|Marshmallows (with tie) and Caramels |
packaged up for my niece & nephew.
Friends and family aren't complaining, though, because after my husband and I eat a couple/few pieces of my experiments, I package up the rest and mail 'em out. With the summer approaching, I'm going to have to take a break, and only do this when I have a special occasion to cook for, but it has been a blast - all two weekends of it.
It started out innocently enough. Several weeks ago, I stumbled across a book on Amazon and wishlisted it: Sugar Baby: Confections, Candies, Cakes & Other Delicious Recipes for Cooking with Sugar. When I have a chance to get myself a small treat, it's usually a book, so a wishlist is a great way to see what I want (in case I forgot) and what's on sale, etc.. So, when I had the opportunity to pick out a new book, this was it.
|My first caramels, using Hungry Girl's recipe.|
My attempts to procure a candy thermometer could almost earn their own blog post! In just a little over a week, I have owned four thermometers, three before the Sugar Baby book arrived and I just followed her recommendations and got a classic Taylor Thermometer (around $10 at my "local" grocery (local is relative in the country)). The first one broke in the utensil cup of my counter-top drain rack before it could be used once. The second one, although found with the caramel apple-making supplies at a concession-supply store,** was really for meat and the temperature did not go nearly high enough. Number three would go high enough, but was digital and I got it wet somehow when I rinsed off the probe (should have just wiped it down, yes?). It's what I used for the first attempt, but it was a little glitchy.
It turns out that we own pretty decent pans for candy-making: heavy-bottomed stainless steel. I didn't think I could get the Demerara sugar called for in Hungry Girl's recipe (turns out I didn't look closely enough), so I used Turbinado sugar and dark corn syrup instead. Despite have a glitchy thermometer, I actually managed to get my first batch of caramels done on the first try! They were the perfect (to me) consistency/texture, and the flavor was deep and rich. We had a couple pieces each, and the rest went to family & friends. (I posted a message on Facebook, offering up caramels to anyone that wanted them (in the US -- I wasn't sure about mailing them internationally.) The folks that chimed in got a package of sweets in the mail.) They were pronounced "yummy," and it was good.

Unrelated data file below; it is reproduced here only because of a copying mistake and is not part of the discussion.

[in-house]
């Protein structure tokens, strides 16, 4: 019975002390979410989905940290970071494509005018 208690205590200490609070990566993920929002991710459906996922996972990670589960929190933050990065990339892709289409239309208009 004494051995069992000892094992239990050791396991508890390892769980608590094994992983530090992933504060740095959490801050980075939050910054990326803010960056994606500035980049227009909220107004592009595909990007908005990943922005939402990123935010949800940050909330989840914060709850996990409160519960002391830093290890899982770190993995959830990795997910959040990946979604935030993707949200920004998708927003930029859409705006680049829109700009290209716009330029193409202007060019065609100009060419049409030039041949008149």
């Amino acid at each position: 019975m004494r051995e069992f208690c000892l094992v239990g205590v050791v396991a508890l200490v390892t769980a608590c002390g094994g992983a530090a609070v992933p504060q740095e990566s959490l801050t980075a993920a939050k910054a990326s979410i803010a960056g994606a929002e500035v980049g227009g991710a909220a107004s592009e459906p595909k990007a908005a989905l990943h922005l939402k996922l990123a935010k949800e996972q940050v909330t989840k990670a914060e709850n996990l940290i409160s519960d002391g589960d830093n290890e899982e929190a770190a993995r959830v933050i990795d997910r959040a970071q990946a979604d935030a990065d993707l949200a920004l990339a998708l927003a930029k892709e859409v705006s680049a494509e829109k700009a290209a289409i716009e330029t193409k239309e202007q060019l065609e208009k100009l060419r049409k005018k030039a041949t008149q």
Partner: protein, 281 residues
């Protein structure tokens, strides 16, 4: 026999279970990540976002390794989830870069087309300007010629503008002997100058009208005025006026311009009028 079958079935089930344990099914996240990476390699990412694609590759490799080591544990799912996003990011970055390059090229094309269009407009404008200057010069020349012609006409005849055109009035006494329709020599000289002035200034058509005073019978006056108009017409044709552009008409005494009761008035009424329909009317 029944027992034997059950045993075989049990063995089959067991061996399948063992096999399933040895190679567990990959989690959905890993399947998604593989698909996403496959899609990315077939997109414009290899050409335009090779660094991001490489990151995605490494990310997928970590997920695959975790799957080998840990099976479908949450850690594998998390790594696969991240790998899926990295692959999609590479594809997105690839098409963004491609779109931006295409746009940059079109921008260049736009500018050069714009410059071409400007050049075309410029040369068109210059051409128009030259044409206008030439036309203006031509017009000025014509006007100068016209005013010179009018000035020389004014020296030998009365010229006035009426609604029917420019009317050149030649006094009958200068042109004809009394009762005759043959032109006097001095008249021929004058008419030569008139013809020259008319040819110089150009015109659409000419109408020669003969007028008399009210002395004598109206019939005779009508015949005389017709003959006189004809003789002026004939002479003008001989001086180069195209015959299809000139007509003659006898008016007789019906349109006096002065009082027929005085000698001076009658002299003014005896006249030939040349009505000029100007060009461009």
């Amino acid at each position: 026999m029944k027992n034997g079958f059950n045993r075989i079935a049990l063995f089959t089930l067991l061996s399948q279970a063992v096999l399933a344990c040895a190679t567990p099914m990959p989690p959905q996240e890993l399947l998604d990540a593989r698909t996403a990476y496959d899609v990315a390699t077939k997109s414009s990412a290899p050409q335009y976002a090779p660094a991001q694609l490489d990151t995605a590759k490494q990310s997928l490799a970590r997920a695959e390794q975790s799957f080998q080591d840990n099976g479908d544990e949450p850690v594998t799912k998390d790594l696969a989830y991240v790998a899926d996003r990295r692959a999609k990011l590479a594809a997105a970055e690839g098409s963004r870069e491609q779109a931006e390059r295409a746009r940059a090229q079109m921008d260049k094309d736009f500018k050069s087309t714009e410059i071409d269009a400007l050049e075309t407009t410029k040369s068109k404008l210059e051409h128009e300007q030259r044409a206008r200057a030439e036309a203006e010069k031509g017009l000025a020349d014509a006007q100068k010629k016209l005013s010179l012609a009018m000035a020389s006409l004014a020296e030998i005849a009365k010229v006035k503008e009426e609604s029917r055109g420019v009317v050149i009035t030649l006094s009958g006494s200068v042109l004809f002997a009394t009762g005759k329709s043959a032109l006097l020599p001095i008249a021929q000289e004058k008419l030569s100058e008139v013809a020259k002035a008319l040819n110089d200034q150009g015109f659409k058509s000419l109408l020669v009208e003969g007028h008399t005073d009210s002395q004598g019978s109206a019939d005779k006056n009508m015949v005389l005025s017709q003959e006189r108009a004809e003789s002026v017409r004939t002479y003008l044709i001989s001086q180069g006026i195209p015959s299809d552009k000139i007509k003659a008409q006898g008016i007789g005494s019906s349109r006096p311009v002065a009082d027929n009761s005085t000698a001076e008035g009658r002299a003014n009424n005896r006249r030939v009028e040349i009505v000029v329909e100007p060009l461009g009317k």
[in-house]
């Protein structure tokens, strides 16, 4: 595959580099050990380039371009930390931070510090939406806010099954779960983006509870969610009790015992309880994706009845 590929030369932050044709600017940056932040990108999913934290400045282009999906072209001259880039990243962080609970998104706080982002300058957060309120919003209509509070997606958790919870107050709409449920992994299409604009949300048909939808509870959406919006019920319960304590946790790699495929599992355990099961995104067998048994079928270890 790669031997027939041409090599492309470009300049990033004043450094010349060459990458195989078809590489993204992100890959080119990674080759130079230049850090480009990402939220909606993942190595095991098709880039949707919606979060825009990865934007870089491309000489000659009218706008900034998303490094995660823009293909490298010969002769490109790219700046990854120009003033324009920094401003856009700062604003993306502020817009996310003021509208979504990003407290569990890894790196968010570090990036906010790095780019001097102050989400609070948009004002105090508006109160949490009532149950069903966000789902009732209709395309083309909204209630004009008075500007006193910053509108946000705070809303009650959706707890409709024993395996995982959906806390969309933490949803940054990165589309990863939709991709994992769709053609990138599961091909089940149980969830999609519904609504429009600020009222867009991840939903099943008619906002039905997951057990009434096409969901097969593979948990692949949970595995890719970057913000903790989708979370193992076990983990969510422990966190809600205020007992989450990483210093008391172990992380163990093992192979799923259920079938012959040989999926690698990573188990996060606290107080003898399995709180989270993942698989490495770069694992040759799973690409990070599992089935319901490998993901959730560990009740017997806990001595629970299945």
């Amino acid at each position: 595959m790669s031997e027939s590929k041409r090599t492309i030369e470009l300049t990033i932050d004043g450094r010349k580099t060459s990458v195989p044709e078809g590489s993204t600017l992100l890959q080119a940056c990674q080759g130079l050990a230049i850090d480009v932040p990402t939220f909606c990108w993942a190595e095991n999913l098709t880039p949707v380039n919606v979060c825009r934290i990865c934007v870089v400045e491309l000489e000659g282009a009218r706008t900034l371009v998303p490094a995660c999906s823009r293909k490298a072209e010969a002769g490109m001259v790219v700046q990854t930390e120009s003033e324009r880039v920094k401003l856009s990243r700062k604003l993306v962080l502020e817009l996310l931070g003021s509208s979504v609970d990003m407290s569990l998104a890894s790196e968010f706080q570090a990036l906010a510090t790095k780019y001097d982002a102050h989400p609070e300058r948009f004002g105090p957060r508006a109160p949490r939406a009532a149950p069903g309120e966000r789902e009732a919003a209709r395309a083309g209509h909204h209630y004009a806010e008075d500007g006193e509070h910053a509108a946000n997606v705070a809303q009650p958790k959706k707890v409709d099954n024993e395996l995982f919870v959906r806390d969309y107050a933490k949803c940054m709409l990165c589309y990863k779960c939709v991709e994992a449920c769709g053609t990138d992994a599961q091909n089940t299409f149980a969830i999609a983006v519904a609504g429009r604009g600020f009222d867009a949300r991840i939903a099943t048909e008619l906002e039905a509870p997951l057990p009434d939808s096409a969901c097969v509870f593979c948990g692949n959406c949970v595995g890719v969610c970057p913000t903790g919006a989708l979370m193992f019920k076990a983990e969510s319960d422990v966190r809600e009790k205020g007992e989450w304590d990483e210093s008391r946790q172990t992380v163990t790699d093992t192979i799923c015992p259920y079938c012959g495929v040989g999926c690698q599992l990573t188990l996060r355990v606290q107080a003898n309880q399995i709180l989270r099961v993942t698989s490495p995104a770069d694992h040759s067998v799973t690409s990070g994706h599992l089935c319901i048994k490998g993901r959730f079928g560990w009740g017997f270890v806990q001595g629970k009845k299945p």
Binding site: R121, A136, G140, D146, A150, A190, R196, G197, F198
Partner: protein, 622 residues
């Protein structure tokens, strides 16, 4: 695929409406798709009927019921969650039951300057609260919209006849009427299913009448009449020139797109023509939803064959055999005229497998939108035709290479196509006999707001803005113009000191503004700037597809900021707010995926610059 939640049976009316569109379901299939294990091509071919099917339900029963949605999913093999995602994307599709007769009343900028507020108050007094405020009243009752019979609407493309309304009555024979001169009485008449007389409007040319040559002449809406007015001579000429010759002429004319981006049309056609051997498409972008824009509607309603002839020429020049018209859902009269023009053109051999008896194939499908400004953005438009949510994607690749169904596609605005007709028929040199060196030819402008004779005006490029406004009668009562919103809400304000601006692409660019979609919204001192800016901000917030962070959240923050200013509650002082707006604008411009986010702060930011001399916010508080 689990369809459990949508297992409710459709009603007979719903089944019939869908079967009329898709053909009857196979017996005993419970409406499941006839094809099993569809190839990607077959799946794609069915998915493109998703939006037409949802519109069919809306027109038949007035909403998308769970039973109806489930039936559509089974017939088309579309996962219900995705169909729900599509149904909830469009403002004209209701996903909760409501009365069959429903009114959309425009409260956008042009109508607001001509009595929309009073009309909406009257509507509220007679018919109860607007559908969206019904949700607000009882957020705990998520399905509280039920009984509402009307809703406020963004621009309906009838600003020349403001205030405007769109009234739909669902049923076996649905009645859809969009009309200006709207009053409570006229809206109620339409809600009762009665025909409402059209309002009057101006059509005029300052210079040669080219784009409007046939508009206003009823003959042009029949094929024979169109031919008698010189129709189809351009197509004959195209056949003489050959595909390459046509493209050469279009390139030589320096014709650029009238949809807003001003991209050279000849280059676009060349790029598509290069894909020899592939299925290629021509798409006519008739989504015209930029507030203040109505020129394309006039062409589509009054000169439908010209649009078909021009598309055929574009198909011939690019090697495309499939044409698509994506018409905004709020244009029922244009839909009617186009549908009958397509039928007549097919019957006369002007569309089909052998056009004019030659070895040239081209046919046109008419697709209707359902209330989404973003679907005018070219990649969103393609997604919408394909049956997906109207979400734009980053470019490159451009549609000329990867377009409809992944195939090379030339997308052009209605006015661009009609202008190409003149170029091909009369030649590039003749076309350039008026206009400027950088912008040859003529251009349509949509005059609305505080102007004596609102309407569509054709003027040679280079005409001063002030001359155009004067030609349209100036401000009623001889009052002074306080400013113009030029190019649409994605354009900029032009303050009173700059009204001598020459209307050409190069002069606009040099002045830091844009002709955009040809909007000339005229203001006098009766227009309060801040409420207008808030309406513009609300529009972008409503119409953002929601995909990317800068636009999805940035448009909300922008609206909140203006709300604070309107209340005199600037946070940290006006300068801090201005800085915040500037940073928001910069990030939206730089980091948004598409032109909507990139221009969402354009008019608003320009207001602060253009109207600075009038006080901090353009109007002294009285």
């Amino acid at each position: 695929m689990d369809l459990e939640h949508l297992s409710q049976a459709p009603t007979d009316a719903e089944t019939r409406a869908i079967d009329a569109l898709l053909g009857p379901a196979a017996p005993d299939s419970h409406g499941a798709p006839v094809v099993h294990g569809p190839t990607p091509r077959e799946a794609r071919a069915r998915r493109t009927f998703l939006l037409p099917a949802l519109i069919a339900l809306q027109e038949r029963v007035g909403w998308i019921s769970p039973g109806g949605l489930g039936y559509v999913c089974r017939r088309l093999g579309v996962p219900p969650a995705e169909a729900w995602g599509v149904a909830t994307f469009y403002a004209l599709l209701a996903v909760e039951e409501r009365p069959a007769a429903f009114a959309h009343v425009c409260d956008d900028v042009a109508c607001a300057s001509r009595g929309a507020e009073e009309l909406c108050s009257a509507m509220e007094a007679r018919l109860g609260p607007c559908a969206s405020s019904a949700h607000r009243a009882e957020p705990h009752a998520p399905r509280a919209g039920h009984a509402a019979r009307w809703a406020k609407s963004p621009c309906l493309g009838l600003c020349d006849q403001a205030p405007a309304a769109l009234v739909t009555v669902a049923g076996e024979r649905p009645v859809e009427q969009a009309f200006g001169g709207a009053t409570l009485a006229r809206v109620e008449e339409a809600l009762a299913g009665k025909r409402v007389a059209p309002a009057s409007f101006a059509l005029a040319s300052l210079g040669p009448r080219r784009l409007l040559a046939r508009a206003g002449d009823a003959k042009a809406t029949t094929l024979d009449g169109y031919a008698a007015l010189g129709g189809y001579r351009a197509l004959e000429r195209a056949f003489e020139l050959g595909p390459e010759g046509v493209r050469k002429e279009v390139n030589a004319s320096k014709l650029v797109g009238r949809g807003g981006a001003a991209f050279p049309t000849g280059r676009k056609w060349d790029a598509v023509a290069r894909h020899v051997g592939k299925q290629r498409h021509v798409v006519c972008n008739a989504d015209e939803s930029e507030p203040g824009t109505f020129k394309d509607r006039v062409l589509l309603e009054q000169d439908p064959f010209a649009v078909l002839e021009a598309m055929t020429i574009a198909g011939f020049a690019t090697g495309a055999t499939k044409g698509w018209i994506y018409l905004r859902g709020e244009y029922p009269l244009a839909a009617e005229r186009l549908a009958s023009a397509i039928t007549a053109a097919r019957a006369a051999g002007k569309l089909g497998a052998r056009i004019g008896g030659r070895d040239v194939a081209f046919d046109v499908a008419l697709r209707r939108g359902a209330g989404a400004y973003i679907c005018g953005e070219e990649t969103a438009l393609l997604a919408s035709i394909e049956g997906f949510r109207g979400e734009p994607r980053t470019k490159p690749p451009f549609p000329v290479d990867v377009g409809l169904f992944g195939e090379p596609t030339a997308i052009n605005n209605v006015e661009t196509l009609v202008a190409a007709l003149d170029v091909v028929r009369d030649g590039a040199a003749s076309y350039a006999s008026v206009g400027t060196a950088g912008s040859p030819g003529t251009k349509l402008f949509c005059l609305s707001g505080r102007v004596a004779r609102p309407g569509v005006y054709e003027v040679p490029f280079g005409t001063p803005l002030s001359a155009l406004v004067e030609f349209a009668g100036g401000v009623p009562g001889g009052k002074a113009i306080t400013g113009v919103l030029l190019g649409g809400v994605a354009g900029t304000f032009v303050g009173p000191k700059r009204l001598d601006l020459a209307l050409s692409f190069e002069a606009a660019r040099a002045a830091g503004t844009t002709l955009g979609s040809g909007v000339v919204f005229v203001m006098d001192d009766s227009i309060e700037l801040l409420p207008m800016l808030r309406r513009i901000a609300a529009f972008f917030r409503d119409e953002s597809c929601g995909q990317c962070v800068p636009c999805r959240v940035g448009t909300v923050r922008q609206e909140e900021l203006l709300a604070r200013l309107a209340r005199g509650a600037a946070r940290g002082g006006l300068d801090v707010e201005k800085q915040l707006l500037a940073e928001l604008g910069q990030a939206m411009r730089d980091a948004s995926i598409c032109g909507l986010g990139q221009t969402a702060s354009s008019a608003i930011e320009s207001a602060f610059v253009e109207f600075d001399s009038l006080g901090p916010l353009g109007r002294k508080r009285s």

Then, the book arrived. Being a
|One batch of Marshmallows. I actually got|
a plate dirty to take the picture.
|Fleur de Sel Caramels, poured and salted. (Next time, |
I'll measure the salt for the top!)
|Cutting the caramels. (That's a pizza cutter, not a machete.)|
They hardened up pretty quickly and that, along with the
butter, kept the pieces from sticking until wrapping.
It became immediately clear that I had to get most of those caramels out of my house! I went through a rough patch recently, and several people helped cheer me up by sending surprises in the mail (and email - knitting patterns are a great pick-me-up!), so I made cute little bags out of gift wrap and put together little "Thank You" packages for several of them. A few people commented on the pictures on Facebook again, so some packages went to those folks as well.
PS: There's a companion blog for the cookbook, with extra photos, video tutorials, etc.: SugarBaby Cookbook.
*As fun and cute as they are, I don't count melting those candy discs and pouring them into molds as making candy. Don't get me wrong -- I'm not knocking it, and my collection of molds is staying put -- but it's a different thing altogether.
**I need to write about that. Fun times!